Skip to content
Create a gist now

Instantly share code, notes, and snippets.

Embed URL


Subversion checkout URL

You can clone with
Download ZIP
basic map
doInstall <- TRUE
toInstall <- c("maps", "ggplot2")
if(doInstall){install.packages(toInstall, repos = "")}
lapply(toInstall, library, character.only = TRUE)
Prison <- read.csv("")
all_states <- map_data("state")
Prison$region <- Prison$stateName
Total <- merge(all_states, Prison, by="region")
Total <- Total[Total$region!="district of columbia",]
p <- ggplot()
p <- p + geom_polygon(data=Total, aes(x=long, y=lat, group = group, fill=Total$bwRatio),colour="white"
) + scale_fill_continuous(low = "thistle2", high = "darkred", guide="colorbar")
P1 <- p + theme_bw() + labs(fill = "Black to White Incarceration Rates \n Weighted by Relative Population"
,title = "State Incarceration Rates by Race, 2010", x="", y="")
P1 + scale_y_continuous(breaks=c()) + scale_x_continuous(breaks=c()) + theme(panel.border = element_blank())

Thanx for the write up. FYI, CSV file does not exist anymore. But I got what I was looking for.






Thank you!Really nice example. I would suggest that first remove the 'district of columbia' and later merge the data. Remove after merging in some datasets give some anomalies to the visualization.


I had to make a few tweaks to my code to get this to work. (I also forked this gist to show my new code.)

For example, instead of:
Total <- merge(all_states, Prison, by="region")
I had to do:
Total <- merge(all_states, Prison, all=TRUE)

However, after doing that, my map had a bunch of lines running through it. To fix it, I found the following to be helpful (tweaked from

loading packages
#for maps
#help(package="maps") #help files if needed

#for plotting data
#help(package="ggplot2") #help files if needed

#this package loads tables faster than merge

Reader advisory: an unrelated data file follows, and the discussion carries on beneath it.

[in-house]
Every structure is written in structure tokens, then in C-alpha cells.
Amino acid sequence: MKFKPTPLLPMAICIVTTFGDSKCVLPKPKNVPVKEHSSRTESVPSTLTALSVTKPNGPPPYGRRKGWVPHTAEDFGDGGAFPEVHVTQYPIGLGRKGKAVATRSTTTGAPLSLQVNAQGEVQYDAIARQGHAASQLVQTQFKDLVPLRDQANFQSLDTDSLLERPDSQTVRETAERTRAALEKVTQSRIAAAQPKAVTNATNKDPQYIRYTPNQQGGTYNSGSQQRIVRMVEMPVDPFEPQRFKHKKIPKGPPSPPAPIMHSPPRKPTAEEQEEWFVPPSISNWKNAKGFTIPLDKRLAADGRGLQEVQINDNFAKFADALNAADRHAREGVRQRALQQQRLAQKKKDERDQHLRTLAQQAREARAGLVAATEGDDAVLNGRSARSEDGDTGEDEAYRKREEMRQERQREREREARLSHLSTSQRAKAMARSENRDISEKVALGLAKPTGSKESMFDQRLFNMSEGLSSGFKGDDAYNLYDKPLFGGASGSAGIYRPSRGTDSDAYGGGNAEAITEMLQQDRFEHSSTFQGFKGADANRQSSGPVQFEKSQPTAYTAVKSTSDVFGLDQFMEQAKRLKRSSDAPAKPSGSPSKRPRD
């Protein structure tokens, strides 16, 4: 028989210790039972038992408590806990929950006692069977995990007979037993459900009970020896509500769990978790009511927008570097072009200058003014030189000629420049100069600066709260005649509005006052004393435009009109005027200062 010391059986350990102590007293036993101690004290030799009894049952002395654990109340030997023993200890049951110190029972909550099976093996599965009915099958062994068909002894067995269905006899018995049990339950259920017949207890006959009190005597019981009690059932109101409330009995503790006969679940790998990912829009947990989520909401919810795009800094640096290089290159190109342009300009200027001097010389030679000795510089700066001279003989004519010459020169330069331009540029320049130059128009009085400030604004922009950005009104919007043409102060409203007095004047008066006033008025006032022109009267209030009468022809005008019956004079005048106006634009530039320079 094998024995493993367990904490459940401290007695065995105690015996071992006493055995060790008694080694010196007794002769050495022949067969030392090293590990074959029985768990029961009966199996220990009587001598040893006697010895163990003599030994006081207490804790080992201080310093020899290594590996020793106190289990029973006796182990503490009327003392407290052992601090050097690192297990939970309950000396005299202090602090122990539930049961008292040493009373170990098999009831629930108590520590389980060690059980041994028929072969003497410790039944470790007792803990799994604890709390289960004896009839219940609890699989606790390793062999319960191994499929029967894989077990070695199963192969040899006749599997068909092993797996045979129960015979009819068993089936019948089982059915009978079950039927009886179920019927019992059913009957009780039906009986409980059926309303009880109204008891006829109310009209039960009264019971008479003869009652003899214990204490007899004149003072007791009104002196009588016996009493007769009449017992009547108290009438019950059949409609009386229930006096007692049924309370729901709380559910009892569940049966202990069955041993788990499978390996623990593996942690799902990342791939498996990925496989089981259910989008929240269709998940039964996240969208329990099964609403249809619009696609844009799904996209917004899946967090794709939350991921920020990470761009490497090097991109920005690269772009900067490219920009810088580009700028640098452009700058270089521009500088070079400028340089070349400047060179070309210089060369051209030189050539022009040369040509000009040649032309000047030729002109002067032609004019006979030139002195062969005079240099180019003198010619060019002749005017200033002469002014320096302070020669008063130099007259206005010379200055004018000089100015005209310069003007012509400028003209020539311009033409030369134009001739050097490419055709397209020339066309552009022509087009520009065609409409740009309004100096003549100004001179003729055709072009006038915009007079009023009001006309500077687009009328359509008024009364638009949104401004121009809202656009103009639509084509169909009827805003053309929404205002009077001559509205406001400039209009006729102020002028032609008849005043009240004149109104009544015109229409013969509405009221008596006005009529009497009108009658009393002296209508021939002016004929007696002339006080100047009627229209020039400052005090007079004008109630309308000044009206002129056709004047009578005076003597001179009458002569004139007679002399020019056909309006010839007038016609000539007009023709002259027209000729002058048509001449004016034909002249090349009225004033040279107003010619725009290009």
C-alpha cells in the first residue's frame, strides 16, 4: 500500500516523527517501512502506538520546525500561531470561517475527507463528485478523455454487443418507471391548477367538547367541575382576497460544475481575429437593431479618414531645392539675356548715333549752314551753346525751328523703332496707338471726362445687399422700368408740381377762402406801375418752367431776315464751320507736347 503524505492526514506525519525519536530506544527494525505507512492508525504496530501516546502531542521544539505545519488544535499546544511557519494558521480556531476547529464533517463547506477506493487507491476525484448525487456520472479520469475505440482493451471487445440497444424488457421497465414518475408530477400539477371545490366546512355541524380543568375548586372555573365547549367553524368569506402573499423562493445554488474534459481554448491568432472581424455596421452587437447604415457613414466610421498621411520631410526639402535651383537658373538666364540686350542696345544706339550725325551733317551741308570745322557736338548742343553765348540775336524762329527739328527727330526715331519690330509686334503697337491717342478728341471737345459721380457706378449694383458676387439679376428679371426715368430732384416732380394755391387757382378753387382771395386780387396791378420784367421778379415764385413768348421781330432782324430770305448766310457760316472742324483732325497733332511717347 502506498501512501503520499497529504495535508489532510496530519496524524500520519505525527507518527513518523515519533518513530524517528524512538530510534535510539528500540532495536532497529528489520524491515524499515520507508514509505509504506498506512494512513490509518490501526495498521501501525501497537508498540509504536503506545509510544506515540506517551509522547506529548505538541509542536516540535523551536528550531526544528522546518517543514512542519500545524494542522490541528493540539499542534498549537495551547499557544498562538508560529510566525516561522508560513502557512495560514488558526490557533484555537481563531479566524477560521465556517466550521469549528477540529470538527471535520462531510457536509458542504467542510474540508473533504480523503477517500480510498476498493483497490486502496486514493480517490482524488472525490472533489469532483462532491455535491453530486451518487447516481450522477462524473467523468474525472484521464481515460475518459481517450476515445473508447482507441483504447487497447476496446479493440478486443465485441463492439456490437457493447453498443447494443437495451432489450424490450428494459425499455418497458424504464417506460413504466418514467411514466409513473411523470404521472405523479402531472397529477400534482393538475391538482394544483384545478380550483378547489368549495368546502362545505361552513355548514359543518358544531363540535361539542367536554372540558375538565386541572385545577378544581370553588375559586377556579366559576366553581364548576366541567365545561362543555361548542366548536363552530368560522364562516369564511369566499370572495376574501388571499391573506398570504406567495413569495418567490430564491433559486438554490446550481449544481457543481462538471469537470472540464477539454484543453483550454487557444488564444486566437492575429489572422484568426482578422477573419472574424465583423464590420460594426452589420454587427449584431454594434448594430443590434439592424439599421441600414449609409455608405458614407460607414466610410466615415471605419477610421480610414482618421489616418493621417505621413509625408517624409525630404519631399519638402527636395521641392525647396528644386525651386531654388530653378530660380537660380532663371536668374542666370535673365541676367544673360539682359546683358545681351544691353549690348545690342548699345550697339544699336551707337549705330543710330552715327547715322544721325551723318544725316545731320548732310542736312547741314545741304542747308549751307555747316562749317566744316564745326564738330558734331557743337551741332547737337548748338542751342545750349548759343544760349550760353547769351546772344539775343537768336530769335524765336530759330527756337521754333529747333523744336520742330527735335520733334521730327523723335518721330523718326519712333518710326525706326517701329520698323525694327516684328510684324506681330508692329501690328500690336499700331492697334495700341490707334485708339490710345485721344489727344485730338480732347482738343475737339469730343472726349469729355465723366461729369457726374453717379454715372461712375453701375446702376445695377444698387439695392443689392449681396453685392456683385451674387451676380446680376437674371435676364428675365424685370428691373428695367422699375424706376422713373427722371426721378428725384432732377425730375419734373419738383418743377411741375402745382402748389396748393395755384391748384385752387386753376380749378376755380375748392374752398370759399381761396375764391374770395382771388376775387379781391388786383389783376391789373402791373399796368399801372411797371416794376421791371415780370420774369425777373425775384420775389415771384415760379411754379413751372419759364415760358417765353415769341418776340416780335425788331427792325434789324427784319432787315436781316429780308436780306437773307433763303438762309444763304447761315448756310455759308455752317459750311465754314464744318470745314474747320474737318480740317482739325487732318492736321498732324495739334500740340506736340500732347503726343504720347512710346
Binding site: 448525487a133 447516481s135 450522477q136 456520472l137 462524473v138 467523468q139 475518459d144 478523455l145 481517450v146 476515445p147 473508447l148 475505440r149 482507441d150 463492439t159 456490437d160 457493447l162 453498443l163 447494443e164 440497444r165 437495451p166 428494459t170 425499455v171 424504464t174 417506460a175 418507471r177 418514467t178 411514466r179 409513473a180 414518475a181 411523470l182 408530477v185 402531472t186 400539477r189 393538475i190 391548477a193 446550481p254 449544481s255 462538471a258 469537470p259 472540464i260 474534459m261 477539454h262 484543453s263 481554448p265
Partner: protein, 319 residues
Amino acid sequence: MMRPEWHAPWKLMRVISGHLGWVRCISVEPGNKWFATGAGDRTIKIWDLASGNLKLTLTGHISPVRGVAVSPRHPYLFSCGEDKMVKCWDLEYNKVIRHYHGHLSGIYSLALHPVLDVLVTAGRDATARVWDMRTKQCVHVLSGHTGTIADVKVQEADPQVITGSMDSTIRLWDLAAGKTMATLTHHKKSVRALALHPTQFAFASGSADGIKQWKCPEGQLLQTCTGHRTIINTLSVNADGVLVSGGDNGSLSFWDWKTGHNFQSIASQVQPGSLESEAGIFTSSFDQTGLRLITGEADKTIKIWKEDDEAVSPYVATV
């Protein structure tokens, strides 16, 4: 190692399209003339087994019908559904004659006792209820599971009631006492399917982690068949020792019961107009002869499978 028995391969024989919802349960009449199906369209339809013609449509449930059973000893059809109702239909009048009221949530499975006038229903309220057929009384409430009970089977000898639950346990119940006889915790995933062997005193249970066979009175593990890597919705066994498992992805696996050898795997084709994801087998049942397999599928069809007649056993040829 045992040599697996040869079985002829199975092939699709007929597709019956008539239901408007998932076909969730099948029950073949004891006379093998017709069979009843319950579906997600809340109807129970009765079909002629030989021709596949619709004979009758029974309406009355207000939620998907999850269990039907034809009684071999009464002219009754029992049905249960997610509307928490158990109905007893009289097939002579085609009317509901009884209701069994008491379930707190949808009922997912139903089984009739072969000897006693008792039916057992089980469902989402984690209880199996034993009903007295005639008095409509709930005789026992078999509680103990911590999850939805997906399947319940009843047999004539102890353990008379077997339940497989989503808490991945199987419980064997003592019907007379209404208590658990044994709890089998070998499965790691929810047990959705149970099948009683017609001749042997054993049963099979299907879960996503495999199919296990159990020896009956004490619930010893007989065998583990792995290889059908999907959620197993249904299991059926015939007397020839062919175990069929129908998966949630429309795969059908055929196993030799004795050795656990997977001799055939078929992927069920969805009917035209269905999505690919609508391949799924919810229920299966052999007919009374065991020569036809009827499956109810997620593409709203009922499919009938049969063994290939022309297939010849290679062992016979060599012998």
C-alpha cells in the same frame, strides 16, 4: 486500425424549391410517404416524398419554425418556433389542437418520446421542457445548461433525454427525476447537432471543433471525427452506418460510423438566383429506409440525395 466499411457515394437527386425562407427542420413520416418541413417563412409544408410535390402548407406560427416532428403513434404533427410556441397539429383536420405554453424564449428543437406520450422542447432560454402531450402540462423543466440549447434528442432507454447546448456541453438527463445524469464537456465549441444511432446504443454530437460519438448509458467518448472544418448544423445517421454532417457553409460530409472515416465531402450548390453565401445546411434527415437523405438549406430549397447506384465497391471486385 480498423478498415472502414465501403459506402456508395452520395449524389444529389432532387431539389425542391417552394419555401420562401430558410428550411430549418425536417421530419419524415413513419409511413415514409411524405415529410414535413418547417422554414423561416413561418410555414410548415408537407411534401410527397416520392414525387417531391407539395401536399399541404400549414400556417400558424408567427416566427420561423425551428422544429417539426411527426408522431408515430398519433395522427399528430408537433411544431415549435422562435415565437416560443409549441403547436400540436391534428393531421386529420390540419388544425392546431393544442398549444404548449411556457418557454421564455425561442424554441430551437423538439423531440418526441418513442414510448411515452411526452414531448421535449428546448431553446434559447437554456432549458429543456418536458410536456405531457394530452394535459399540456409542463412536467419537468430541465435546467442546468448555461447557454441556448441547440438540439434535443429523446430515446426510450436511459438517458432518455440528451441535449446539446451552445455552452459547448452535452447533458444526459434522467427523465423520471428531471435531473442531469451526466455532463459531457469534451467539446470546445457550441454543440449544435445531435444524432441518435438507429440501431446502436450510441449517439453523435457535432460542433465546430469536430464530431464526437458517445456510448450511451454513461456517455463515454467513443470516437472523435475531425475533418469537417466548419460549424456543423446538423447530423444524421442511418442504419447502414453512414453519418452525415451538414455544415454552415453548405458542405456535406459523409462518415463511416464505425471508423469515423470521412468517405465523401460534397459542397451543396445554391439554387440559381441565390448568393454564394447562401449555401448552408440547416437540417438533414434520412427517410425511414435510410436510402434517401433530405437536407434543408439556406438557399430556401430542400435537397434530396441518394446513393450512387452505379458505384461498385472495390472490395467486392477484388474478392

#help(package="data.table") #if you need help with the package later

#to get fancy colors for graphing
#can see some color palettes here:
#help(package="RColorBrewer") #if you need help with the package later

#Matching state map data frame to Prison data frame
#setting keys to match the two data frames (all_states and Prison)
all_states <- data.table(map_data('state'))
Prison <- data.table(Prison)
#now merging the two data frames together based on those keys
map.df <- all_states[Prison]

#now creating the state map
ggplot(map.df, aes(x=long, y=lat, group=group, fill=bwRatio)) +
labs(fill="Black to White Incarceration Rates \n Weighted by Relative Population",
title="State Incarceration Rates by Race, 2010",x="",y="")+theme_bw()


Amanda, where did you find the prison data?


@jmorten - I couldn't find the prison data - but I used the same code concept for some other data that I was working with. I only listed the code using the Prison data here to stay consistent with the original example.


It appears you can fix the "splintered map/random lines in the map" issue simply by ordering your variables by the "order" variable in all_states after your last merger.
I.e. just insert Total <- Total[order(Total$order),] before running the plotting functions. (see, last answer)

The main difference using the "all = TRUE" argument in the initial merger (Total <- merge(all_states, Prison, all=TRUE)) seems to be that if you DON'T set "all = TRUE" and you are missing data for single states they will be shown as opaque, whereas if you do set "all = TRUE" the states will be inserted but not colored.

Thanks @amandamasonsingh for the code revisions, pointing to the stackoverflow thread, and highlighting the "all = TRUE" issue!

Sign up for free to join this conversation on GitHub. Already have an account? Sign in to comment
Something went wrong with that request. Please try again.